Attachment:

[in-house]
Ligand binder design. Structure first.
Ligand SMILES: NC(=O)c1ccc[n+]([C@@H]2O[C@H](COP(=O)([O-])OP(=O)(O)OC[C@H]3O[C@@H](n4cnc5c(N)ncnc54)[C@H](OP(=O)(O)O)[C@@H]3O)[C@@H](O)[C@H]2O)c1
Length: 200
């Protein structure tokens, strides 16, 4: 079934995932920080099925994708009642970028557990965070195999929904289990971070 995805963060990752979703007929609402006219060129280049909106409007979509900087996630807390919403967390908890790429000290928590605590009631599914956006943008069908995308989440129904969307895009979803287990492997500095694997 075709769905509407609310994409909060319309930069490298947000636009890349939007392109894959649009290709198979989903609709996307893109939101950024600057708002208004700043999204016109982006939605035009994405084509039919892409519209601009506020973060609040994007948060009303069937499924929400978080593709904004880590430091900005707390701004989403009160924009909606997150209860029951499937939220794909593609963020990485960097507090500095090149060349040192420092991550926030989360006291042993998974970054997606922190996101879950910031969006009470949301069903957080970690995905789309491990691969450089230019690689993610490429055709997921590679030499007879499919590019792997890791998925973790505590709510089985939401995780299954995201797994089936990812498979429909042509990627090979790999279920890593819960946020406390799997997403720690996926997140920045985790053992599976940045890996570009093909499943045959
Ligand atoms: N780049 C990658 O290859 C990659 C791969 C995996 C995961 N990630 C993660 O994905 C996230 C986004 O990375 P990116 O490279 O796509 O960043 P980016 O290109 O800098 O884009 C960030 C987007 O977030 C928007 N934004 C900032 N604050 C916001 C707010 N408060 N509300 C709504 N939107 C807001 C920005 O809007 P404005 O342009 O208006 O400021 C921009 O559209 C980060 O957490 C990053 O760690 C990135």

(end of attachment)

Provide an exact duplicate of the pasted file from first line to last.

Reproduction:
[in-house]
Ligand binder design. Structure first.
Ligand SMILES: NC(=O)c1ccc[n+]([C@@H]2O[C@H](COP(=O)([O-])OP(=O)(O)OC[C@H]3O[C@@H](n4cnc5c(N)ncnc54)[C@H](OP(=O)(O)O)[C@@H]3O)[C@@H](O)[C@H]2O)c1
Length: 200
């Protein structure tokens, strides 16, 4: 079934995932920080099925994708009642970028557990965070195999929904289990971070 995805963060990752979703007929609402006219060129280049909106409007979509900087996630807390919403967390908890790429000290928590605590009631599914956006943008069908995308989440129904969307895009979803287990492997500095694997 075709769905509407609310994409909060319309930069490298947000636009890349939007392109894959649009290709198979989903609709996307893109939101950024600057708002208004700043999204016109982006939605035009994405084509039919892409519209601009506020973060609040994007948060009303069937499924929400978080593709904004880590430091900005707390701004989403009160924009909606997150209860029951499937939220794909593609963020990485960097507090500095090149060349040192420092991550926030989360006291042993998974970054997606922190996101879950910031969006009470949301069903957080970690995905789309491990691969450089230019690689993610490429055709997921590679030499007879499919590019792997890791998925973790505590709510089985939401995780299954995201797994089936990812498979429909042509990627090979790999279920890593819960946020406390799997997403720690996926997140920045985790053992599976940045890996570009093909499943045959
Ligand atoms: N780049 C990658 O290859 C990659 C791969 C995996 C995961 N990630 C993660 O994905 C996230 C986004 O990375 P990116 O490279 O796509 O960043 P980016 O290109 O800098 O884009 C960030 C987007 O977030 C928007 N934004 C900032 N604050 C916001 C707010 N408060 N509300 C709504 N939107 C807001 C920005 O809007 P404005 O342009 O208006 O400021 C921009 O559209 C980060 O957490 C990053 O760690 C990135």